The GCC (Gulf Cooperation Council) discomfort


Politics is like a group of friends, when two members fight over something they tend to form teams depending on whom they support. In the case of political conflicts, countries support the “team” that will benefit them more. Whether it’s between the regional powers or super powers or unions; self-benefits come above everything.

Among the Arab states, there has always been disputes and lack of cooperation and solidarity due to various reasons such as political ideologies, long-term dictators or religious differences. However, among the Arab states is the Gulf Cooperation Council (GCC) which is the economic and political union of the Arab Gulf States that are bordering the Persian Gulf (or sometimes called Arabian Gulf). This council has been able to unify itself and to surpass the other conflicts in the region and advance in economic and political union.

The GCC was established in Abu Dhabi, UAE on 25 May 1981, the original union comprised the Persian Gulf states of Bahrain, Kuwait, Oman, Qatar, Saudi Arabia and the United Arab Emirates. The unified economic agreement between the countries of the Gulf Cooperation Council was signed on 11 November 1981 in Abu Dhabi, UAE. Economic union was based on trade as they do not unify under one currency as it has failed to materialise in 2010.

This area has some of the fastest growing economies in the world, mostly due to a boom in oil and natural gas revenues coupled with a building and investment boom backed by decades of saved petroleum revenues. In an effort to build a tax base and economic foundation before the reserves run out, the UAE’s investment arms, including Abu Dhabi Investment Authority, retain over $900 billion in assets. Other regional funds also have several hundreds of billions dollars of assets under management. In addition, the GCC economic alliance of 50 million people of oil producing nations is worth $16 trillion per annum of goods and services.

Hence, this union all have mutual benefits when it comes to their social and political stability. However, unfortunately, after the Arab Spring; the union has been experiencing ‘discomfort’ due to disagreements and countries such as Qatar trying to gain political and regional influence over the expense of other countries such as Egypt or Syria in the League of Arab States.

In the latest Arab Summit in Kuwait, all the spotlights were on Qatar and Saudi Arabia as Qatar backs the Muslim Brotherhood (MB) in Egypt while Saudi Arabia is having its claws out against Qatar and the rest of GCC backs Saudi Arabia. Qatar has presented its inconvenience and would only agree to stop fuelling the MB only if the military-based regime in Egypt works again with the MB. But once again, who would benefit? Definitely, not the Egyptian population as it would only benefit Qatar with greater political hegemony, specifically, in Sinai which is based on tribal democracy and has undiscovered mineral resources from uranium to oil.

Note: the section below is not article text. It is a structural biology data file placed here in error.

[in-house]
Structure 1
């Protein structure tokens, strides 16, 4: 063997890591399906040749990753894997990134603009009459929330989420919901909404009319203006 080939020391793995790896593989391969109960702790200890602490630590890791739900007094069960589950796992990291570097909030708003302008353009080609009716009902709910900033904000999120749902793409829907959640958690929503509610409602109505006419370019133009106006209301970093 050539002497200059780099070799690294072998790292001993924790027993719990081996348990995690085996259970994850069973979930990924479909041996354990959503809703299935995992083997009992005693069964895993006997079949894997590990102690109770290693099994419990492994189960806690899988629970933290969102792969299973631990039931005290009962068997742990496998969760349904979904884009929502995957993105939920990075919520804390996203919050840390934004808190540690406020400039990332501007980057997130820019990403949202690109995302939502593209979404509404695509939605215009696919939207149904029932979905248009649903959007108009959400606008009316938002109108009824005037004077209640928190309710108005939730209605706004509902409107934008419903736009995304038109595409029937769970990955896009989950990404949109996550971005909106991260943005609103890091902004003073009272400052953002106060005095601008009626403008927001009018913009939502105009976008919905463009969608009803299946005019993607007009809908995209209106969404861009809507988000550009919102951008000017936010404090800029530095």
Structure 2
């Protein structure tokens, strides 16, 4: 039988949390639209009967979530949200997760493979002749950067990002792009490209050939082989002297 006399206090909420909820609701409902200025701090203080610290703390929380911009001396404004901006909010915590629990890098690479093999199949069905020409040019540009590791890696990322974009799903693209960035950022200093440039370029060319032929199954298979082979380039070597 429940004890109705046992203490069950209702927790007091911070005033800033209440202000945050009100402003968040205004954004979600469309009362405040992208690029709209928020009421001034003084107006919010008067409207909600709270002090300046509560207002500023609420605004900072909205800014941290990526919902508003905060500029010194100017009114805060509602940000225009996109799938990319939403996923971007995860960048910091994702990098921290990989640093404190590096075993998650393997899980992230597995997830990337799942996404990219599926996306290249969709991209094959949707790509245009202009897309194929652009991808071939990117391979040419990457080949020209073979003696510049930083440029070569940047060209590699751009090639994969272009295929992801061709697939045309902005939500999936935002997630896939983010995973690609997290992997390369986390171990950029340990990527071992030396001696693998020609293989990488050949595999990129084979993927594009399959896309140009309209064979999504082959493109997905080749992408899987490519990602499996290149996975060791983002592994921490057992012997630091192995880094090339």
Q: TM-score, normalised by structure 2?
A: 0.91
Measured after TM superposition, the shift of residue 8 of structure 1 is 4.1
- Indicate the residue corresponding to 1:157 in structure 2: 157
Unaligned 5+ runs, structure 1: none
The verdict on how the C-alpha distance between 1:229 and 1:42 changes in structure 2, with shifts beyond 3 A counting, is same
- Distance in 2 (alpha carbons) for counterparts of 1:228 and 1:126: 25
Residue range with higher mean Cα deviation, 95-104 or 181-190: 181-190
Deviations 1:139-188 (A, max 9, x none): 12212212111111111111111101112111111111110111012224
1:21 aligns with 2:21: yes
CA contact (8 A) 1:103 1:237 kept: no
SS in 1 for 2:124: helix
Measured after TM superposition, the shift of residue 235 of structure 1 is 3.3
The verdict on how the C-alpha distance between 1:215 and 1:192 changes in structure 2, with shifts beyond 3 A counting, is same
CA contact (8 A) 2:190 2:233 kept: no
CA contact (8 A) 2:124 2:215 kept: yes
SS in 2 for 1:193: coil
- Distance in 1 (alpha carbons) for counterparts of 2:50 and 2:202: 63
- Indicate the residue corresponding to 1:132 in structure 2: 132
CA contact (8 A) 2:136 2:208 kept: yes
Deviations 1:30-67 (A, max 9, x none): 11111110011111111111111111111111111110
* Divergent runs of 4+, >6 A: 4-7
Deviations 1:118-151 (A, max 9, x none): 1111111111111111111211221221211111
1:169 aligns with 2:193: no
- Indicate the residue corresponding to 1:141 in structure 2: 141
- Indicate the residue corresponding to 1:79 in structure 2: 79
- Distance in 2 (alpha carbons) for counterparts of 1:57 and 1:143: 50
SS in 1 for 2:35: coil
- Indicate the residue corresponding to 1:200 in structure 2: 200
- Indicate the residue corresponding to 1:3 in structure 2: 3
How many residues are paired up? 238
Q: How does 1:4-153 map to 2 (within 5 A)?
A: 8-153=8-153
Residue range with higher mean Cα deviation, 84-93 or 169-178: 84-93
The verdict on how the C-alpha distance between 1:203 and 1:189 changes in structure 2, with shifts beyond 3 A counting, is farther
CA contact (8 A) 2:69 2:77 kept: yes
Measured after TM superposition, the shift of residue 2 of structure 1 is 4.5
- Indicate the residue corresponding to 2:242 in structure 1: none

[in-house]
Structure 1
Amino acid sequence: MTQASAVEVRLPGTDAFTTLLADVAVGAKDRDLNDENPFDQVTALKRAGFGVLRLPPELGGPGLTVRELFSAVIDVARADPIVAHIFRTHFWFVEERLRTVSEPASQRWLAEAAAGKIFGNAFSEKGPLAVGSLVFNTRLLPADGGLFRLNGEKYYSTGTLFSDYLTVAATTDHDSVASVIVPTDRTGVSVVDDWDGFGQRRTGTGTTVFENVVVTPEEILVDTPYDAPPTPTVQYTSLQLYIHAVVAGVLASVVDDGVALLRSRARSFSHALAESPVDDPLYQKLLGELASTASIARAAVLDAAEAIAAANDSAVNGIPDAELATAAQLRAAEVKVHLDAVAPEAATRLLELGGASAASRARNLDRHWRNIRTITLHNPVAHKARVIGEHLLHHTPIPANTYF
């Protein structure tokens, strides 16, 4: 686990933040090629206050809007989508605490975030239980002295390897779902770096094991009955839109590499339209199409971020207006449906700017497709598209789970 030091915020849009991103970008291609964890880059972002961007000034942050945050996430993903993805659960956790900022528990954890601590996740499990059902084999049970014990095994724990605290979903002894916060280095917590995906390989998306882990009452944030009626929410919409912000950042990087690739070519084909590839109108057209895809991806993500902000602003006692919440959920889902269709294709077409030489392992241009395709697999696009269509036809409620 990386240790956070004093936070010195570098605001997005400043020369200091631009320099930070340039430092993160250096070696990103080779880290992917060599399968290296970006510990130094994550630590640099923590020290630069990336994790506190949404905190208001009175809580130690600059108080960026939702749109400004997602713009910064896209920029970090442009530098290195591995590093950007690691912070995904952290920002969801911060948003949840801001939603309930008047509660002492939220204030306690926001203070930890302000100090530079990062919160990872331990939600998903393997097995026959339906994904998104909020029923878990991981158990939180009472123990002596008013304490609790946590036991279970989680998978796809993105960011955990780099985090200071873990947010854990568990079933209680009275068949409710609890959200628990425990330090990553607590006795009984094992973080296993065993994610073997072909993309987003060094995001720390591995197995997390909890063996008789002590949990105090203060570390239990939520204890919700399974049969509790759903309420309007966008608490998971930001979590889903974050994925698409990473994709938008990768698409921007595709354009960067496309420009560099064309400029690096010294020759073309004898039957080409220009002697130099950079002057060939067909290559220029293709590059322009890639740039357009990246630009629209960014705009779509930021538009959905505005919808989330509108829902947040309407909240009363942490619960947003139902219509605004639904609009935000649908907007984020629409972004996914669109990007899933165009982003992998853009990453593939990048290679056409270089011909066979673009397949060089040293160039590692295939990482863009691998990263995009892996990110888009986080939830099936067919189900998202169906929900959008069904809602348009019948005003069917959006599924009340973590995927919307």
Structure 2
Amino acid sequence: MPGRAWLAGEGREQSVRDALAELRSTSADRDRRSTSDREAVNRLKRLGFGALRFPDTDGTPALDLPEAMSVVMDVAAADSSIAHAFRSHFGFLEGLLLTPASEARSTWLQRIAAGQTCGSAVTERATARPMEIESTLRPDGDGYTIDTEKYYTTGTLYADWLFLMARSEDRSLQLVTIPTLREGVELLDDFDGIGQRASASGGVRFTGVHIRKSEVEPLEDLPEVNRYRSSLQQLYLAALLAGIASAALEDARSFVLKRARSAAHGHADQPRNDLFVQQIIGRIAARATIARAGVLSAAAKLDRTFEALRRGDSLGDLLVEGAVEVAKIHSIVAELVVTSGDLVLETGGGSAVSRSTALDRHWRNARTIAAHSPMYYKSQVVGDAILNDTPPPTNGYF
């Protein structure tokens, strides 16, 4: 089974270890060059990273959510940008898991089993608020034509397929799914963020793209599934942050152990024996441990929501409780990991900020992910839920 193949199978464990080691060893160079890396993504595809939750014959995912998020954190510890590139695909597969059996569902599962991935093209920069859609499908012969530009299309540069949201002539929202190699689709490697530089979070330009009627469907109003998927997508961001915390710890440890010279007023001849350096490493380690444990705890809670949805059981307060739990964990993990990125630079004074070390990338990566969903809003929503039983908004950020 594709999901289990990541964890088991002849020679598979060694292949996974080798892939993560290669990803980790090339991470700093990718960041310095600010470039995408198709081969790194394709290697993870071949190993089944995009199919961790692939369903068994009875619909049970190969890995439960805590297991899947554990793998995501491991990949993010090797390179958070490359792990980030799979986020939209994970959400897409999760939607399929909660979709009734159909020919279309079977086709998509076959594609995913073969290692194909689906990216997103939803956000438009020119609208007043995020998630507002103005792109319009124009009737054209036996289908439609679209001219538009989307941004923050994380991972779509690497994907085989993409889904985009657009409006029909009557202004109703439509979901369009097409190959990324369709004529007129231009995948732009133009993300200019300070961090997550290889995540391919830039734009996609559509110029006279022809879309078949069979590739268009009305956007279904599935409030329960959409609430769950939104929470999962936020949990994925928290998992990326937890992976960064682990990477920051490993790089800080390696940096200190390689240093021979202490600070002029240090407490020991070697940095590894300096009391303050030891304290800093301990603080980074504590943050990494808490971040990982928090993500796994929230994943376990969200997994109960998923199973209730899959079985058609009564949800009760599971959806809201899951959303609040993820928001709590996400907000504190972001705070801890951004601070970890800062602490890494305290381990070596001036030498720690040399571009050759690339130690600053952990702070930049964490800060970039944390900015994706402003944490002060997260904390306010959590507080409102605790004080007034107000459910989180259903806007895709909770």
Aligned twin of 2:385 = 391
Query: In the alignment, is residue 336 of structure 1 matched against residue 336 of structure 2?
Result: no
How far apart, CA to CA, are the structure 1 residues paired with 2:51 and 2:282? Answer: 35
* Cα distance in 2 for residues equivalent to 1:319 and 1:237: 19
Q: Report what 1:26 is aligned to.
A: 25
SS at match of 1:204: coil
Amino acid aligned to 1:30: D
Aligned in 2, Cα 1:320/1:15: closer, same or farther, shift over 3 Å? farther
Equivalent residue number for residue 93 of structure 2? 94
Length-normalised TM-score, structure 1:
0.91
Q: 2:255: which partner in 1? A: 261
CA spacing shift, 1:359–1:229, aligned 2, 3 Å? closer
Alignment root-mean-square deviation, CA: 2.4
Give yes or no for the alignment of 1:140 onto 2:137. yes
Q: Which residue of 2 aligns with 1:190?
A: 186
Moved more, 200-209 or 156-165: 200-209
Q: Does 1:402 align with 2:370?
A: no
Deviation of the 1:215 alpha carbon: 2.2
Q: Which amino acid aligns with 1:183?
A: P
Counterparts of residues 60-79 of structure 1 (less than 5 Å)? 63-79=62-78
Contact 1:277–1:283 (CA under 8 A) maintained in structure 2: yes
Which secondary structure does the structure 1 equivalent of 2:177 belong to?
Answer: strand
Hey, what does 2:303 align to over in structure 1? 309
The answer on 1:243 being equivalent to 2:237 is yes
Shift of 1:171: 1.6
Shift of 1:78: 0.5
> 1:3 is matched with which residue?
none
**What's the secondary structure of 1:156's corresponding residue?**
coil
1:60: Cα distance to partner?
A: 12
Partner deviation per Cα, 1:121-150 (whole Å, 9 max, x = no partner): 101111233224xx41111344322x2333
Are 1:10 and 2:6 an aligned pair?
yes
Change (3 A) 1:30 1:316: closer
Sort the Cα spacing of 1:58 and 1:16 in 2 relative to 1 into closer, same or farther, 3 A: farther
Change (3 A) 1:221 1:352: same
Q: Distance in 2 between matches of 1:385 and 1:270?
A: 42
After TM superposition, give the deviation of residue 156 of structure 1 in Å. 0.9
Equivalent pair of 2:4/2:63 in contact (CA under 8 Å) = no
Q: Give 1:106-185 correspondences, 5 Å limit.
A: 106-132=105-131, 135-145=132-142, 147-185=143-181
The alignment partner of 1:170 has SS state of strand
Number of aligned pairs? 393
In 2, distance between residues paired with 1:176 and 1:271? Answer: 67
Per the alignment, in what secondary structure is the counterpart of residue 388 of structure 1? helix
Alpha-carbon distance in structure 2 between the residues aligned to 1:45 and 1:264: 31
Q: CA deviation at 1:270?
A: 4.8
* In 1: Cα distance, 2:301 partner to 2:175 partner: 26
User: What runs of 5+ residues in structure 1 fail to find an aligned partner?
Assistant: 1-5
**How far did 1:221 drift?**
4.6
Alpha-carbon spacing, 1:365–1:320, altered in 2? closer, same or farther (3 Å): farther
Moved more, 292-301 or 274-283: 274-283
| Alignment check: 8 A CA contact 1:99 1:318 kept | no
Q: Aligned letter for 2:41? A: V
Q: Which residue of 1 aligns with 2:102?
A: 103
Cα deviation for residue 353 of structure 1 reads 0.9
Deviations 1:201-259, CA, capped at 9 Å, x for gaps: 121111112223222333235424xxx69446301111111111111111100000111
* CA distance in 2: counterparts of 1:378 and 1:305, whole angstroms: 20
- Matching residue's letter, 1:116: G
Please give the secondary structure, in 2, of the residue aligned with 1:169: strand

On the other hand, as Saudi Arabia and many supporters of it shake their heads in discontent. Disruption in economic investments and projects stay on hold due to stubborn governments and countries who have no hand in the decisions such as Kuwait suffer from such disagreements. The GCC require smooth relations as they depend on joint projects of aviation and energy and cross border investments. Kuwait was meant to implement a project where it will import natural gas from Qatar and save millions of dollars per year. Nevertheless, so far, it is pending as the pipelines would cross Saudi waters to reach Kuwait from Qatar and the Saudi government has not given any permission as long as Qatar backs the MB.

At the end of the day, the losers are either nations/governments that are coincidently geographically located in between countries searching for their benefits or citizens of nations such as Egypt who have regional power yet high number of poverty. As Qatar tries to build its influence through political hegemony by using its oil and money; yet, the questions are, how long would the oil and money last and would they really affect other nations just to gain regional power?

Suzan Shedid (Dubai Campus)


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